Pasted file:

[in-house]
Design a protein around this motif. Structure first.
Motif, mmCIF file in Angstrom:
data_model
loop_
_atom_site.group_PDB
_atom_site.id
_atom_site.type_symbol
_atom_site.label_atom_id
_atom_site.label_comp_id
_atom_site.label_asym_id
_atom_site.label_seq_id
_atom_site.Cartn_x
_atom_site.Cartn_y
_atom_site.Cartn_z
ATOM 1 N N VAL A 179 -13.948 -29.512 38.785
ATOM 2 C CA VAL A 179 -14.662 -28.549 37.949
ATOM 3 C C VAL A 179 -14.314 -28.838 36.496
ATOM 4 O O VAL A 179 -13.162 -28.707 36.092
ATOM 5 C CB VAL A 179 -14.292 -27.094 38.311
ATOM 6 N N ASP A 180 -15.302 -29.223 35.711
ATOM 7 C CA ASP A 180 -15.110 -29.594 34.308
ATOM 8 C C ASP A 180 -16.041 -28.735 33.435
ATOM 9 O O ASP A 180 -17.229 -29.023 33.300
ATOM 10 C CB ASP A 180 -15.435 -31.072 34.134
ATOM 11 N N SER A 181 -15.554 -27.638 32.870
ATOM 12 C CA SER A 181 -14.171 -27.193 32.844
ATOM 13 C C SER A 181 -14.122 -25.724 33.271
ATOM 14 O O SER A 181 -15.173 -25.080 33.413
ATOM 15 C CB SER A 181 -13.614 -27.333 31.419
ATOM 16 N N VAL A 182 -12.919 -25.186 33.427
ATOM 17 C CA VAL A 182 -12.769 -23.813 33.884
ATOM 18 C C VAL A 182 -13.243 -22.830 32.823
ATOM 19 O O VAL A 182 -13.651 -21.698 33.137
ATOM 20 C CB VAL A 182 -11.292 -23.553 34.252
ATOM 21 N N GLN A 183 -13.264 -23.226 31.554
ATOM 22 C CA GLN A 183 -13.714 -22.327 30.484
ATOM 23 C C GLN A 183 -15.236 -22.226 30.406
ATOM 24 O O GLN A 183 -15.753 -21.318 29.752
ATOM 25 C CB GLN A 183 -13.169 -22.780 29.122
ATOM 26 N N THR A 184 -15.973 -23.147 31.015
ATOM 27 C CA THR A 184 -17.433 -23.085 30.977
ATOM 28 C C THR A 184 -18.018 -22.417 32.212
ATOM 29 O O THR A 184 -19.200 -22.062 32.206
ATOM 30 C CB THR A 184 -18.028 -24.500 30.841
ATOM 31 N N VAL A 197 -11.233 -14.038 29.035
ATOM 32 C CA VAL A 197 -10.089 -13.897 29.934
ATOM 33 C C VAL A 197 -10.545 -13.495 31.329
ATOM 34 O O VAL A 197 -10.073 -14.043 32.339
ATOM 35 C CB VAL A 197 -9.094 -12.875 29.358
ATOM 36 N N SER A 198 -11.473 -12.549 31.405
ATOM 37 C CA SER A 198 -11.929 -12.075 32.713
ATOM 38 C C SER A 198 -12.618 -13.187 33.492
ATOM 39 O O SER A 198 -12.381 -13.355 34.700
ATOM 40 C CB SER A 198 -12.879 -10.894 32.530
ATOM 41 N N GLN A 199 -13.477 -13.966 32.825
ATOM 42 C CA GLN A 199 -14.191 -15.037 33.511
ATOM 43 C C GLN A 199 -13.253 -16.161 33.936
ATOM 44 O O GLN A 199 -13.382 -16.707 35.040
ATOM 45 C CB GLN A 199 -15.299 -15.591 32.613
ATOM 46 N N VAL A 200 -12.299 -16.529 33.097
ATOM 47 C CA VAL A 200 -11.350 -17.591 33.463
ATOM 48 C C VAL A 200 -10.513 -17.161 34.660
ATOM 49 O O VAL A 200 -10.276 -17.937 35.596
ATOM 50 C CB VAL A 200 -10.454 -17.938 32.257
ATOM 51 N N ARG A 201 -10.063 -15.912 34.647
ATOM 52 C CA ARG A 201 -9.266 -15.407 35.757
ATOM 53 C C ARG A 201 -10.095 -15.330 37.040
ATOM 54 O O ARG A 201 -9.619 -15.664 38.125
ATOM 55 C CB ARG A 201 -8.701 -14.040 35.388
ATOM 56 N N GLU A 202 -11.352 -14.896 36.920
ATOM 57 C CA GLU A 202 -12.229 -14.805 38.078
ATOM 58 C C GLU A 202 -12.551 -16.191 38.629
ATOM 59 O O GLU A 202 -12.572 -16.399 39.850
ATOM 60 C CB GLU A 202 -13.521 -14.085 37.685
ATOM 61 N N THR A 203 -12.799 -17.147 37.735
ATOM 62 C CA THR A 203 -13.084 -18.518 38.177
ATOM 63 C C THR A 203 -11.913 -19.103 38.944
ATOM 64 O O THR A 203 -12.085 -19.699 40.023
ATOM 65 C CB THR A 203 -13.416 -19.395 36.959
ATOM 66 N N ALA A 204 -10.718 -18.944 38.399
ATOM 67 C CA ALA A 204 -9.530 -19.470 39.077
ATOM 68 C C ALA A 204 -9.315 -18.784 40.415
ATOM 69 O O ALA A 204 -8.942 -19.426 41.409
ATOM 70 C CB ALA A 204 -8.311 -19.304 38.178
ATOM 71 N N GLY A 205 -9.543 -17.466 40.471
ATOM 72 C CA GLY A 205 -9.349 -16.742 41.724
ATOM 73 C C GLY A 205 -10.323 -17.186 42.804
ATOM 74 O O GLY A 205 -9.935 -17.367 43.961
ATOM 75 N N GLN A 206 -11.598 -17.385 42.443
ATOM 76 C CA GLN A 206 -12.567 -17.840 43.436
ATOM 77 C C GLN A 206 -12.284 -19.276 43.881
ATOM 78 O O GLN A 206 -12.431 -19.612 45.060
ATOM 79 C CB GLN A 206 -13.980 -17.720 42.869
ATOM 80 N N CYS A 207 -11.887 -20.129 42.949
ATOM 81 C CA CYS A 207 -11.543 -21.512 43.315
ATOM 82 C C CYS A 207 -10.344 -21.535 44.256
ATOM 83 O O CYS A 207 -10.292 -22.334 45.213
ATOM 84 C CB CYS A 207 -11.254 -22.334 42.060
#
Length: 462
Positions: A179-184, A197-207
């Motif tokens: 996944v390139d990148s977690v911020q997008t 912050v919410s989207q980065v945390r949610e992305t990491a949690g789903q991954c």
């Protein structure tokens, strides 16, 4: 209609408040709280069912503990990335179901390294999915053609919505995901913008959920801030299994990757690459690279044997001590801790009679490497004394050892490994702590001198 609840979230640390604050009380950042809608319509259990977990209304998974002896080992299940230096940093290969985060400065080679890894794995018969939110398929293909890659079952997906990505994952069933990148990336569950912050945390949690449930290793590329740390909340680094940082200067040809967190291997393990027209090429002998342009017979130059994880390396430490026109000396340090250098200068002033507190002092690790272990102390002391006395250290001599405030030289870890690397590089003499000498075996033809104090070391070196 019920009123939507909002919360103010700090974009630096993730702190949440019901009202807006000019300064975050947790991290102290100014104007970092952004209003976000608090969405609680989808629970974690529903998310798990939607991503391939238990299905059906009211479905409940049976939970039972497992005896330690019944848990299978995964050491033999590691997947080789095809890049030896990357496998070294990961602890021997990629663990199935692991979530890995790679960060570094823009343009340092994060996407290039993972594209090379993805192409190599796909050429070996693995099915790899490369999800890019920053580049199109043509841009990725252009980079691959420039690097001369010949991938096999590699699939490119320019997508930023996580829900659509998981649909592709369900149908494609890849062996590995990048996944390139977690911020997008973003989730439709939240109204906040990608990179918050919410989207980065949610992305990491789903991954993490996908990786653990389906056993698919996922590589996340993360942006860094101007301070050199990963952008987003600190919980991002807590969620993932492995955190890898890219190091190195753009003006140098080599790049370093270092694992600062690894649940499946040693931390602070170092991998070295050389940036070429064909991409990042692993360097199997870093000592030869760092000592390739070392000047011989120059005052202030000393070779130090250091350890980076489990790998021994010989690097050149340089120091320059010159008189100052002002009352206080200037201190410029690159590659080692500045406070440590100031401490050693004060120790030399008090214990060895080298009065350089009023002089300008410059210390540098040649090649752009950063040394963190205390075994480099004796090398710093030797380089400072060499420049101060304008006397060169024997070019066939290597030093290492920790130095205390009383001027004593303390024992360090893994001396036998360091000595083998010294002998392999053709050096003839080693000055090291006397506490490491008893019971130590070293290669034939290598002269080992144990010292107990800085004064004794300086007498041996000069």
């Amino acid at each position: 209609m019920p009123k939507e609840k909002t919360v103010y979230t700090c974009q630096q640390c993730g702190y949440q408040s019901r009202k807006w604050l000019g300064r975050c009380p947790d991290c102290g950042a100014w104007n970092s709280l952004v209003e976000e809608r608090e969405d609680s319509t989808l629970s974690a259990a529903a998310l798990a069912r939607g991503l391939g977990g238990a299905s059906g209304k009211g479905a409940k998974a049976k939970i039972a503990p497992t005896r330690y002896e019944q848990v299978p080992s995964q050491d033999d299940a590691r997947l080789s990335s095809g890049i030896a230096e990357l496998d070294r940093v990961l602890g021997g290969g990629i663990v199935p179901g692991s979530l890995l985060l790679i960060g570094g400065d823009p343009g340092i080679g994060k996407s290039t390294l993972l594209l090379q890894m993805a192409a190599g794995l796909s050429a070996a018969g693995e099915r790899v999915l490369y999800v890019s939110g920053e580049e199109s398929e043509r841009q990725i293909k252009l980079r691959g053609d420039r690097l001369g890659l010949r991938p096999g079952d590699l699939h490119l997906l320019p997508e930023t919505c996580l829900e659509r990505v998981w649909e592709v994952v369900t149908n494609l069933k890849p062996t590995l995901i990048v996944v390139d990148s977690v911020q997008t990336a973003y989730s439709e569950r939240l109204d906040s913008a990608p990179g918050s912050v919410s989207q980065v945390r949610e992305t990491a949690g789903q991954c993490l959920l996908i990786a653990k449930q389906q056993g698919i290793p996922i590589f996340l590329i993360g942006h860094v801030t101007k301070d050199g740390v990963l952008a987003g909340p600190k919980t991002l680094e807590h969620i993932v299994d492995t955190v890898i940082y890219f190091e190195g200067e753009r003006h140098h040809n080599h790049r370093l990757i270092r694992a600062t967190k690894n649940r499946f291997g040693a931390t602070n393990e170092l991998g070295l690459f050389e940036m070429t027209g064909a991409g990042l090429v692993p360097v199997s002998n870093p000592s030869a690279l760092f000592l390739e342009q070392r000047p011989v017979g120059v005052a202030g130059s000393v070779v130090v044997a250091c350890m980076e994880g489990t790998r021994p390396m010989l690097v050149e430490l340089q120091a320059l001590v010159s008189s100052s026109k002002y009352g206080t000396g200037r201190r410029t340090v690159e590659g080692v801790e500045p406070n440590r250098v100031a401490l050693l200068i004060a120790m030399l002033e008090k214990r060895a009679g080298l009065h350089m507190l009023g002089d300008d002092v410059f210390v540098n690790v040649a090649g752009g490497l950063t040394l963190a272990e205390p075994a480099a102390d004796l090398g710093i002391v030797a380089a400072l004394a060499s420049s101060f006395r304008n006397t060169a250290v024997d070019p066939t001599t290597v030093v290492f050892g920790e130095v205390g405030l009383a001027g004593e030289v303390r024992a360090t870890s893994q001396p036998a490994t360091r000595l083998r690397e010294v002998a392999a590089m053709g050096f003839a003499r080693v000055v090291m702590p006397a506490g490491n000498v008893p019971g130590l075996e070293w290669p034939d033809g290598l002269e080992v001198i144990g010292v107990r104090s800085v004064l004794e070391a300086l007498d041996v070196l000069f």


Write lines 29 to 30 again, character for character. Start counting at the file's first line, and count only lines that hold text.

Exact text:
ATOM 14 O O SER A 181 -15.173 -25.080 33.413
ATOM 15 C CB SER A 181 -13.614 -27.333 31.419